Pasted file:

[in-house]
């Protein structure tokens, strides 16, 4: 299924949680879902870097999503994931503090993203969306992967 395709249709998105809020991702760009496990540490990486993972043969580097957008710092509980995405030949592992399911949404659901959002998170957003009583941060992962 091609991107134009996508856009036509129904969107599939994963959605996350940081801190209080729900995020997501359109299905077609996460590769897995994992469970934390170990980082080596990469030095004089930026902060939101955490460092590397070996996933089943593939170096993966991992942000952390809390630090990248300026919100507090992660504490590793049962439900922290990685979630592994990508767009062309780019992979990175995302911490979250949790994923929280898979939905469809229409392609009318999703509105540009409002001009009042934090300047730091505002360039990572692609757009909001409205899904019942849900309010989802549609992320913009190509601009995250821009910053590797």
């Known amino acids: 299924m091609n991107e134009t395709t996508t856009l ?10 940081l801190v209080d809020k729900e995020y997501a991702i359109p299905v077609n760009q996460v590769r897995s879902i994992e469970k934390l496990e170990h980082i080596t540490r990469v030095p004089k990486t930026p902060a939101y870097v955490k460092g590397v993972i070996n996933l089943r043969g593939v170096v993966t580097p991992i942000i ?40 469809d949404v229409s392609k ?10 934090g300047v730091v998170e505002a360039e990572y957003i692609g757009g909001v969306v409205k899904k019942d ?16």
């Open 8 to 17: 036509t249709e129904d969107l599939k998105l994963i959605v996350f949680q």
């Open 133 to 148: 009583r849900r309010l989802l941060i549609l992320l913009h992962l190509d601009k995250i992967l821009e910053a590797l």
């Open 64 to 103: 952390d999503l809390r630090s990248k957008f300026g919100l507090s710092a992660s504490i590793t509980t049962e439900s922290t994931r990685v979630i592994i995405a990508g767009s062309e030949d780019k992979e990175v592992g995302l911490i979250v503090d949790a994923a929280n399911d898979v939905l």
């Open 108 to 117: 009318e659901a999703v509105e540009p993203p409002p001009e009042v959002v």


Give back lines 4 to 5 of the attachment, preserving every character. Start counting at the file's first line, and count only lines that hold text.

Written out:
């Open 8 to 17: 036509t249709e129904d969107l599939k998105l994963i959605v996350f949680q």
């Open 133 to 148: 009583r849900r309010l989802l941060i549609l992320l913009h992962l190509d601009k995250i992967l821009e910053a590797l």